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WW100 commemorations launched

First World War military service by students and former students of Canterbury Agricultural College (Lincoln's predecessor) is being remembered and honoured as part of the national and international WW100 commemoration activities marking the centenary of the start of the war in 1914.

On the Te Waihora (Lincoln) campus a ceremony was held on 4 August, the date of the declaration of hostilities in 1914. Organised by the Alumni and Development Office, the ceremony was centred on the unveiling of a large framed heritage photograph of the first group of students and old students who sailed for overseas service in 1914. As an initial WW100 project, the Alumni and Development Office is trying to trace and contact descendants of the eight soldiers in the photograph. 

All except Manning (pictured above) sailed from Lyttelton for Egypt with the Canterbury Infantry Battalion on 16 October 1914. Manning had to withdraw because of ill health but eventually went overseas in 1916.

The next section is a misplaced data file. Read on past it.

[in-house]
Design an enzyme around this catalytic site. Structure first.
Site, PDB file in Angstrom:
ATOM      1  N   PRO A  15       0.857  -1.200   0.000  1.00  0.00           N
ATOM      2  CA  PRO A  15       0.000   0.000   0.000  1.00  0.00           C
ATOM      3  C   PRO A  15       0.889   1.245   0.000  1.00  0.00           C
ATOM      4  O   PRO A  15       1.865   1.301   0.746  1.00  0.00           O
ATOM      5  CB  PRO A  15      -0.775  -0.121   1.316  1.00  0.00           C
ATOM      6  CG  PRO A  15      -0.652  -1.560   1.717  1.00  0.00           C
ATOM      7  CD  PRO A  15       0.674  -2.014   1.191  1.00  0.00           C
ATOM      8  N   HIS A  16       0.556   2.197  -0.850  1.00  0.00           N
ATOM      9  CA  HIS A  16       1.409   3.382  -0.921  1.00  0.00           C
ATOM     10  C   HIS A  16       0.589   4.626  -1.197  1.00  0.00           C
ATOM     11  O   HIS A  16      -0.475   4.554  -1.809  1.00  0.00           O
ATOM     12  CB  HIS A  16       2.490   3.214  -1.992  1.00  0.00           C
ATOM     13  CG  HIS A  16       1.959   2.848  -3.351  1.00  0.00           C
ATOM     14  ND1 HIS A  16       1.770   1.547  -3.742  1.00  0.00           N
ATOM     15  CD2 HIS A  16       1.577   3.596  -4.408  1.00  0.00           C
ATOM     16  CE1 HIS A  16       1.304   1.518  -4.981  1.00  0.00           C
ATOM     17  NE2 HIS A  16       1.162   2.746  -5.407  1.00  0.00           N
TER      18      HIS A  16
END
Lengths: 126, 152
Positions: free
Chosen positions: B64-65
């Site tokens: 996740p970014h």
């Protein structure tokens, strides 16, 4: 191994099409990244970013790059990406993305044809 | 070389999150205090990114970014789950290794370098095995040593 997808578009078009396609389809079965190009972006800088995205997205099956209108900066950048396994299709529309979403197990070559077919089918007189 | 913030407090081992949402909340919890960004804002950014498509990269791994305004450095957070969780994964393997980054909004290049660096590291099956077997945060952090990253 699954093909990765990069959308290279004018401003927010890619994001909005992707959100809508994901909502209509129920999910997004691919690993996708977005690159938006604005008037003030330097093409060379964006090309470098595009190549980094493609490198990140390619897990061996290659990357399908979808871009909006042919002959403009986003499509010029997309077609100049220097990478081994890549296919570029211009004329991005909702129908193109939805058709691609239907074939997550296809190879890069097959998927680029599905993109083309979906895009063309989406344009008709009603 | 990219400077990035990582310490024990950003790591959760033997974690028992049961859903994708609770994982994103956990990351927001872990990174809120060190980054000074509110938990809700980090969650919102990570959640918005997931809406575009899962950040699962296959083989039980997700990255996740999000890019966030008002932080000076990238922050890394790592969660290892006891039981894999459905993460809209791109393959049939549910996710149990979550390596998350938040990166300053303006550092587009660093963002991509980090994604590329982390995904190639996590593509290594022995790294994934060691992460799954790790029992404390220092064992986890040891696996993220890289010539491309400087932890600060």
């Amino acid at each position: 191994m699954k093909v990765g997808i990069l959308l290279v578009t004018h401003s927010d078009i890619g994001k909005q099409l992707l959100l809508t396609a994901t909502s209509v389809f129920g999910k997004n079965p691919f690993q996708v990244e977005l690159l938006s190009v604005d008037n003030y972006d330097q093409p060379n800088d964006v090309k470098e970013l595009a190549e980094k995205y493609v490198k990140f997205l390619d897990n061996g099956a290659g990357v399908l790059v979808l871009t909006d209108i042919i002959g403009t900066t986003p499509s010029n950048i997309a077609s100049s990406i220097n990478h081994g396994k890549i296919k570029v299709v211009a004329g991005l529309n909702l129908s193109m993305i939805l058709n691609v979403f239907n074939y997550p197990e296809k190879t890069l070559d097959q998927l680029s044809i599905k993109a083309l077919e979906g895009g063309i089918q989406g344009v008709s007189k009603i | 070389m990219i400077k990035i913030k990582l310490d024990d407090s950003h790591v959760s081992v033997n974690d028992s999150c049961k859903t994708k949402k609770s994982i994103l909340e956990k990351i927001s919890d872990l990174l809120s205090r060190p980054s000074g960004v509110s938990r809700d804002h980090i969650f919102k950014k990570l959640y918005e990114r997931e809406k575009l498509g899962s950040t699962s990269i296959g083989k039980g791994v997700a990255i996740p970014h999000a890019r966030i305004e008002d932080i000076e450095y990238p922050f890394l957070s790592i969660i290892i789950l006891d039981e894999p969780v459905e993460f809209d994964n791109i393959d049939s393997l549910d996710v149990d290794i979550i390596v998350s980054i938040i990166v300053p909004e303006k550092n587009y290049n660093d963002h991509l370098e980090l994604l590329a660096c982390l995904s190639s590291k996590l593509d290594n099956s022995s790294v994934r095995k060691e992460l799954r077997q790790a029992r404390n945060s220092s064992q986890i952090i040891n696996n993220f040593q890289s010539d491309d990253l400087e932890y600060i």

Edridge, Manning, Musgrave and Stitt were also old students of Christ’s College. Barlow and Duncan were educated in India and Kember in Scotland, before coming to CAC. Edridge, Manning and Musgrave were from Christchurch, Stitt was originally from Ashburton and Wilde from Marton. Barlow, Kember and Manning were killed in France. Kember on the Somme in 1916; Barlow, then with the Royal Flying Corps, near the Somme in July 1918; and Manning at Bapaume in August 1918.

The campus WW100 ceremony was held in the Library. Assistant Vice-Chancellor, Communities, Professor Hirini Matunga represented the University and welcomed guests - while Major Ian Barrett of the NZ Defence Force and Roger Dawson of the Library staff unveiled the photograph, former Army and Air Force officer Bill Barnes of Lincoln, a Vietnam veteran and historian, spoke about the complex origins of the First World War, and retired staff member and World War Two veteran Vern Clark spoke about the impact of the First World War on the then College and its teaching staff, and on the residents of Lincoln township.

If any readers have information about the family connections of any of the student soldiers named above, please contact the Alumni & Development Office’s Heritage Writer